Reports pouring in from Srinagar, along with the accounts of the people who have shifted out from there, suggest that the militants had mobilized the public for the January 21, protest against curfew restrictions by selling them the idea that it would be the final showdown between them and the government. The latter, on the other hand, has started justifying its existence of late. At least 30 people were killed on the day when paramilitary forces opened fire on the mobs defying curfew restrictions in various parts of the city. “The militants did not show up,” lamented a citizen of Srinagar’s walled city who felt humiliated to have been taken in by the militants’ propaganda.
Another young girl belonging to one of the Hindu-dominated downtown localities said: “Even now when I think of that night, a shiver runs down my spine. (The night she and the others are referring to is the one preceding the day when 30 persons were killed when paramilitary forces fired on mobs defying curfew orders). All the women in our locality were huddled together in a room as the mikes-fitted in the mosque started blaring out militant slogans. We reinforced the bolted door with more nails to delay the forcible entry of the raiders. We all wore sports shoes and searched for an escape route.” However, nothing happened.
The next day the girl was packed off with a number of other women in a taxi to Jammu. She is staying there with a relative, waiting for her parents to join her.
In the villages, the story is even worse. The last time the villagers had deserted their homes in search of security in the city was in 1947-48 when, in the wake of raids from the Pakistani infiltrators, they had moved to Srinagar city. The first time communal riots broke out in the entire Kashmir valley was when a Muslim boy married a Hindu girl.
This time, initially, tension prevailed in Anantnag town and the villages surrounding it. However, soon the tension percolated down to all the villages in the valley and, according to the migrants, at many places religious places were used to fan propaganda against the government and, at places, against the non-Muslims. In a particular village of Badgam district where there are only three non-Muslim families, there were threats of “axing them to death”. Said a young housewife of that village: “No doubt every Muslim in the village assured us of help in case anything did happen, but, I think, they too would be too scared to act in such an eventuality. So we decided to move.”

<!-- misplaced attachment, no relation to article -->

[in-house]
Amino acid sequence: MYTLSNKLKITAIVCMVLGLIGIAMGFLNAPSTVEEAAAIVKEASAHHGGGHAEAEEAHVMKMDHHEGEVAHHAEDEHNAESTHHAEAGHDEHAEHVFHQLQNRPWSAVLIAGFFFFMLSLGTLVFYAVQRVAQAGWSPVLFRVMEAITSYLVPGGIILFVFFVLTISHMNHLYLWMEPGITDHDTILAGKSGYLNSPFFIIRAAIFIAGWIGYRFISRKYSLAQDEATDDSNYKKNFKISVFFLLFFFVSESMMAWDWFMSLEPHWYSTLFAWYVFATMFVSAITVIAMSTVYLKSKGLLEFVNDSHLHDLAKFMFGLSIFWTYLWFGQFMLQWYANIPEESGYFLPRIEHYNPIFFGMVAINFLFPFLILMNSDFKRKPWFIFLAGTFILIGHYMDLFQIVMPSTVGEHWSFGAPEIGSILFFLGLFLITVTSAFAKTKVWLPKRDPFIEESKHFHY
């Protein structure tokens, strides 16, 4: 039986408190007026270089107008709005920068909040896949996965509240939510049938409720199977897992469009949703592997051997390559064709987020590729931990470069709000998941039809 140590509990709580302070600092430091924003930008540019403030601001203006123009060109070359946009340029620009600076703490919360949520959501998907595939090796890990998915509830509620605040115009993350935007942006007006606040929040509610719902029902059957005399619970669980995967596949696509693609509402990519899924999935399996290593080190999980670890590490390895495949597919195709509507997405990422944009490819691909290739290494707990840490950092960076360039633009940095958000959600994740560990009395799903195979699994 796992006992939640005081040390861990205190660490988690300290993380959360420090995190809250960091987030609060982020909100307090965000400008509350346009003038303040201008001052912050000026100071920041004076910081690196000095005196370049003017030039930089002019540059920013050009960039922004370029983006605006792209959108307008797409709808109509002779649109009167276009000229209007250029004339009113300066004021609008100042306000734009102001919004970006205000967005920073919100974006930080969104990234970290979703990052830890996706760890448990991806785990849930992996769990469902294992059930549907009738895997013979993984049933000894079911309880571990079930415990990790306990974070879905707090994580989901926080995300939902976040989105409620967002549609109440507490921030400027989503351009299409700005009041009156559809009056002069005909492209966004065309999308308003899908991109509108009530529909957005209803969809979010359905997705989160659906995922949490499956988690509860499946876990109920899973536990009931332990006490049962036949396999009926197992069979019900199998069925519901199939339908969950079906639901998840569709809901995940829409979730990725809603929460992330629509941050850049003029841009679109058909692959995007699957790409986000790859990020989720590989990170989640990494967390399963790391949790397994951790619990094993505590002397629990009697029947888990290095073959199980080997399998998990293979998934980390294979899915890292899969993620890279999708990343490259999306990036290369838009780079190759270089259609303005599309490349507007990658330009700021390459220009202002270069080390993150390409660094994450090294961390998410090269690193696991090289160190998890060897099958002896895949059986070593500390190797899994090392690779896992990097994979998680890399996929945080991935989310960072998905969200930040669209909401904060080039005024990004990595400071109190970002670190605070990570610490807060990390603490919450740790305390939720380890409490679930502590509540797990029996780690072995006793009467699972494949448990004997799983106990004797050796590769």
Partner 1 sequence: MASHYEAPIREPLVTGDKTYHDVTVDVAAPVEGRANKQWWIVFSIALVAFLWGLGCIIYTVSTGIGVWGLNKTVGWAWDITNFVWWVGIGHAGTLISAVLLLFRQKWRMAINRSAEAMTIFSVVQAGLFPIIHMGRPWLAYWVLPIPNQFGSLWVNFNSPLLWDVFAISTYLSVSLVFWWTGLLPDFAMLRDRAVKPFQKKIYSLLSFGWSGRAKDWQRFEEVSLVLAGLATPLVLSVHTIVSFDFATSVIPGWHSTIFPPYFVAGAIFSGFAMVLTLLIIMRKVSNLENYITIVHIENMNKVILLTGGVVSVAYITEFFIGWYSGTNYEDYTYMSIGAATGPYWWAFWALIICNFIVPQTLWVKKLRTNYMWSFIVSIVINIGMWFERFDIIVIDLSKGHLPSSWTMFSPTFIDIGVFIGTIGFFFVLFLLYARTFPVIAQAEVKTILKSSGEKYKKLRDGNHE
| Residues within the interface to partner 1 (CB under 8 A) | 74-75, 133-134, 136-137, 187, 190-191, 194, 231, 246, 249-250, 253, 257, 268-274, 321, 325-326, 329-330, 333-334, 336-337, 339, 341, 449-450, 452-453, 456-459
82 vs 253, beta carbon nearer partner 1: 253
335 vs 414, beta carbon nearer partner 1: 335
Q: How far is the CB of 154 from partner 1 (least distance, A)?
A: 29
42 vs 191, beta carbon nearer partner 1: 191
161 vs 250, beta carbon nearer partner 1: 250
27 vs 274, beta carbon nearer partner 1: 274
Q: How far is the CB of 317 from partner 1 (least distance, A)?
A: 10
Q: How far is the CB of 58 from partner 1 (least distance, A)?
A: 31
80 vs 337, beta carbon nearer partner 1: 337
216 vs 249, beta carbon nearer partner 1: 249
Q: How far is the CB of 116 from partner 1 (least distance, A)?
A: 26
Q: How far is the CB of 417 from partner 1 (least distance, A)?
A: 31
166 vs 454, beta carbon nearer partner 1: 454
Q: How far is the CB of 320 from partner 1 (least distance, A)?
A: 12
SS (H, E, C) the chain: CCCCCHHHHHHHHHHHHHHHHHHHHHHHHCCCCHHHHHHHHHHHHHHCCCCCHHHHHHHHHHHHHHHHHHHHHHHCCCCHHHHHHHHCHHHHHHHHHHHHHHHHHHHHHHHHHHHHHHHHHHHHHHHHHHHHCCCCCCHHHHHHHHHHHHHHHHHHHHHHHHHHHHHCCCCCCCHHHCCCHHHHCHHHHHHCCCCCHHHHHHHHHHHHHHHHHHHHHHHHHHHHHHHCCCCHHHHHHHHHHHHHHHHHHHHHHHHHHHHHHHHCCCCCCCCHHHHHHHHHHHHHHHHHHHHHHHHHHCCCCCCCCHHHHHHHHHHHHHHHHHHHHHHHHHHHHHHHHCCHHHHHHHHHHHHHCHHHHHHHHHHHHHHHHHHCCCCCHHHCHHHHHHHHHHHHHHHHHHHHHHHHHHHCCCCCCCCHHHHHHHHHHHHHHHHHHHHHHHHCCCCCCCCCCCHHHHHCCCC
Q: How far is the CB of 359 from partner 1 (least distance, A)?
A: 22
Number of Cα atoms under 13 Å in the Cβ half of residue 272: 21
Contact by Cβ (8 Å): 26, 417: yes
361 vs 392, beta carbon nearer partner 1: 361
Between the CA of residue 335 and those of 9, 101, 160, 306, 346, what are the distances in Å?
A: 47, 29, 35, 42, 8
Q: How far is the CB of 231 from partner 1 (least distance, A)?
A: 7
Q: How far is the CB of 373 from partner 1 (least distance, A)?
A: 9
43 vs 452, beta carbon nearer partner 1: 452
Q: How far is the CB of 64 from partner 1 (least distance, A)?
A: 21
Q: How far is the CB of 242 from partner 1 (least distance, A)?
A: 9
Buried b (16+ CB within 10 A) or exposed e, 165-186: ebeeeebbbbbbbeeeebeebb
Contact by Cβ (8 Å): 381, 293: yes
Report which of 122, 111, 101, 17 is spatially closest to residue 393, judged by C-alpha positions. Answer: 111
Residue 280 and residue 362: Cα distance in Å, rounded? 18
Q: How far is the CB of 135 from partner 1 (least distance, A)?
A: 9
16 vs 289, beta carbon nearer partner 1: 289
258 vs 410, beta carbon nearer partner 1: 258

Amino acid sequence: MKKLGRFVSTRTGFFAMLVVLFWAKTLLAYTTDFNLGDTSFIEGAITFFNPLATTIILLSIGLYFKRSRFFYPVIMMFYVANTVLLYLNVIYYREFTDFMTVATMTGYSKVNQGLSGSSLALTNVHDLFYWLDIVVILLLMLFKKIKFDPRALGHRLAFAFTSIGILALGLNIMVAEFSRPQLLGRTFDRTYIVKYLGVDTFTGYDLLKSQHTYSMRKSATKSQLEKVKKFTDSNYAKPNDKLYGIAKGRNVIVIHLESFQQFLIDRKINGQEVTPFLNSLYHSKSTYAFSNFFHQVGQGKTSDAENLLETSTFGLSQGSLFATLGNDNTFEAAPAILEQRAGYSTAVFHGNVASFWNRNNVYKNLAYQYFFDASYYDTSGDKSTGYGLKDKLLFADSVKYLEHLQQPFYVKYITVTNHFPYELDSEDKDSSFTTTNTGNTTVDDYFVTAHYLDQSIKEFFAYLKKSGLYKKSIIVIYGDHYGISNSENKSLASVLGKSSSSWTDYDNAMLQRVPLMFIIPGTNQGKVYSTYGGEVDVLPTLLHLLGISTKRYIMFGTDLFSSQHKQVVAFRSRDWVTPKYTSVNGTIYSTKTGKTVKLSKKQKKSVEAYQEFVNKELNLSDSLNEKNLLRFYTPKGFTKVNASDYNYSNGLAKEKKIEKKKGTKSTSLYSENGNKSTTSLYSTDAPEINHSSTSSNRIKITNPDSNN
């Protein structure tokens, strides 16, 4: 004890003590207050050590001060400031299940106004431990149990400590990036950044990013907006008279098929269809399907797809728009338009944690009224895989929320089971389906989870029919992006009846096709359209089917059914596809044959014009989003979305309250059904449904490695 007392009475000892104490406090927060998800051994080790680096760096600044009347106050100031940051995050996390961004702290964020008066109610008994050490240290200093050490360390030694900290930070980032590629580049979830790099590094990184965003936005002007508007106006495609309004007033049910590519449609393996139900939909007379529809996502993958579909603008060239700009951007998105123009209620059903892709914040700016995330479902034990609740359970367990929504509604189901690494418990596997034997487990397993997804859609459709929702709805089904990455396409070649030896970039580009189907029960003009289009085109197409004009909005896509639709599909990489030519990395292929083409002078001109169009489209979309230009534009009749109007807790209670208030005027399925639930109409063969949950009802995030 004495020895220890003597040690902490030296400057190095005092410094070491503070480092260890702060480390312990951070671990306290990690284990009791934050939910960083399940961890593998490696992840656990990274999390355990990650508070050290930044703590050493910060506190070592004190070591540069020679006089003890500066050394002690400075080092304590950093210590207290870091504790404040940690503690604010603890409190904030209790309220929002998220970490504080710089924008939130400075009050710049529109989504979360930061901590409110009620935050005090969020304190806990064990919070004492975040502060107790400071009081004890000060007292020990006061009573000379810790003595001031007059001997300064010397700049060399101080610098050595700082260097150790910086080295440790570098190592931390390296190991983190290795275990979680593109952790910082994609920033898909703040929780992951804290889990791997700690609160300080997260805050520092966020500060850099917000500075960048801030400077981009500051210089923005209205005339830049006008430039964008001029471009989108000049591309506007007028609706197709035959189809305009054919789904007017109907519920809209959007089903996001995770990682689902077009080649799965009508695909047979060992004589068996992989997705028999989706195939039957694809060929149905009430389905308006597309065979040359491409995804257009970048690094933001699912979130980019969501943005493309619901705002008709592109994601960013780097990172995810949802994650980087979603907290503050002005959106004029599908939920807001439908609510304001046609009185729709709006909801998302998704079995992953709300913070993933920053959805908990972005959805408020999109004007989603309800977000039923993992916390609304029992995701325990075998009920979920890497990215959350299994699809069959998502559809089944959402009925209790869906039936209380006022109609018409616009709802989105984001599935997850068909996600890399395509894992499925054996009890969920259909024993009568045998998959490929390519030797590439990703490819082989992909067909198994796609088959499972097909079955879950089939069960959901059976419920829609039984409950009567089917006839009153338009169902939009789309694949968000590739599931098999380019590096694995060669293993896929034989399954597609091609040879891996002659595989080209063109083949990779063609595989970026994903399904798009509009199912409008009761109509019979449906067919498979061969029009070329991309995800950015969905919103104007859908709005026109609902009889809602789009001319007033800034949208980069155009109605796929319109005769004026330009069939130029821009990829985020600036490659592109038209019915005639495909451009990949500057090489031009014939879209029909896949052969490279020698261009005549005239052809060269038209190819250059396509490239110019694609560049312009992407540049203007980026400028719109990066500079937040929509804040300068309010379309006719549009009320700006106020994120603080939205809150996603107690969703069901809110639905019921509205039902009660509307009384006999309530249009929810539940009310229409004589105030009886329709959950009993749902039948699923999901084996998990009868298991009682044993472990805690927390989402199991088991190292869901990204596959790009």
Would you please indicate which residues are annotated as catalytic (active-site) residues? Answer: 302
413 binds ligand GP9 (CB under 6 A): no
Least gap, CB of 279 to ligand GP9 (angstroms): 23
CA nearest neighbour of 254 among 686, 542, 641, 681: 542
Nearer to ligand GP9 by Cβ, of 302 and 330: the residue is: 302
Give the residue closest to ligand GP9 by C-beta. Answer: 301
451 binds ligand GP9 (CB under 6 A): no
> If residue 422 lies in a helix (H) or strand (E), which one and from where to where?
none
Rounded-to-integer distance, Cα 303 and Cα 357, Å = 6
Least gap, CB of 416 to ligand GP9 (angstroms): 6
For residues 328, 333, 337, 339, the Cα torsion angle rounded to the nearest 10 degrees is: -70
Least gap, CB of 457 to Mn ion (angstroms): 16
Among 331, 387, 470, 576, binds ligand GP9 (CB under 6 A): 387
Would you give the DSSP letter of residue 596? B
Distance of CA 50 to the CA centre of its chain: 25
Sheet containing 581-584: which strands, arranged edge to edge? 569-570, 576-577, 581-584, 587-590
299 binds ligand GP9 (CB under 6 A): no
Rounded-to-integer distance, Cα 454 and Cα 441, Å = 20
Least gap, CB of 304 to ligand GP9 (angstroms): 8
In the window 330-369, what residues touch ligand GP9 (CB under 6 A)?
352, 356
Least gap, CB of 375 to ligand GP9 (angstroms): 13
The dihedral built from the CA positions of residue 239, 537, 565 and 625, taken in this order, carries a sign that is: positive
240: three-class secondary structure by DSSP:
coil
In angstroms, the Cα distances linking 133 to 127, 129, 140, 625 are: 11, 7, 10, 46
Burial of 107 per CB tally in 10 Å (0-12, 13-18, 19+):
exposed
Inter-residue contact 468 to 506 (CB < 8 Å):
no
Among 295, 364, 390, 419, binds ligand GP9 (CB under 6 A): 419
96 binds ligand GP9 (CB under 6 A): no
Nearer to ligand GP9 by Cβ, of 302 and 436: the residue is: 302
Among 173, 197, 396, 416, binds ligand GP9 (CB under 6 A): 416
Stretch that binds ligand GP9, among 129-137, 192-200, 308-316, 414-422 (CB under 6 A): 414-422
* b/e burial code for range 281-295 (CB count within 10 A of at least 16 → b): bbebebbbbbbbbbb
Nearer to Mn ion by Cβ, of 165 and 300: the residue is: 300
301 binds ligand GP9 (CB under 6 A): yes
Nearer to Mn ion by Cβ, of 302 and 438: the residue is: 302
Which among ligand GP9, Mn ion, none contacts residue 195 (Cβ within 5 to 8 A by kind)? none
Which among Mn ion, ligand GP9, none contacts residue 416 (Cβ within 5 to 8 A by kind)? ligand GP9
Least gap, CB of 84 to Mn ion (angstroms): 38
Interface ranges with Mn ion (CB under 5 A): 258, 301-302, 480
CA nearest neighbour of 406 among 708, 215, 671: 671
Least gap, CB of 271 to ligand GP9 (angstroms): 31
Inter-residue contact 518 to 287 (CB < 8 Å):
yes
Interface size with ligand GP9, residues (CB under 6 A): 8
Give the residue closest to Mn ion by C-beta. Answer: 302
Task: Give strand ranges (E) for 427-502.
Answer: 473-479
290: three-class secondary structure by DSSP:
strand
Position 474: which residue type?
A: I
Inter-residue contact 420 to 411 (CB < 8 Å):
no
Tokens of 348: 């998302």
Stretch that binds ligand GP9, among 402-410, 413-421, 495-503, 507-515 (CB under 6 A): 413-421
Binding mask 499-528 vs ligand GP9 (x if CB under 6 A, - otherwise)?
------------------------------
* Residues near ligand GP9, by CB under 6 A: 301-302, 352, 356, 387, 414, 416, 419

But it should not be inferred from all this that only the non-Muslims are in the grip of the fear which, despite governor Jagmohan’s assurances, still pervades the Kashmir valley.
According to reports, even Muslim families have shifted their women to safer places and taken all measures to ensure their safety. The worst-affected are children who are confined to their houses thanks to the disturbances and curfew at a time when they should be enjoying their annual winter vacations.
Said a young Muslim who is looking for accommodation in Jammu: “It is easier for the non-Muslims. At least they feel secure in Jammu, the Muslims are tied down to Kashmir valley. The affluent Muslims who fear a Hindu backlash in Jammu can safely move to Delhi or other places. But what about the less affluent?”
According to reports, a number of government employees working in state and central intelligence set-ups want to be moved out from the valley. They have all applied for transfers. The central departments, too, are facing similar problems, thanks to the militants’ call for boycott of the central services and their threat to; women employees to quit since “Islam does not allow women to work”. The central departments, however, are sitting pretty over the innumerable applications for transfers out of the valley. According to sources, Jagmohan has issued instructions to the state authorities not to transfer anyone for such a reason. Yet state measures for their rehabilitation are yet to be pronounced.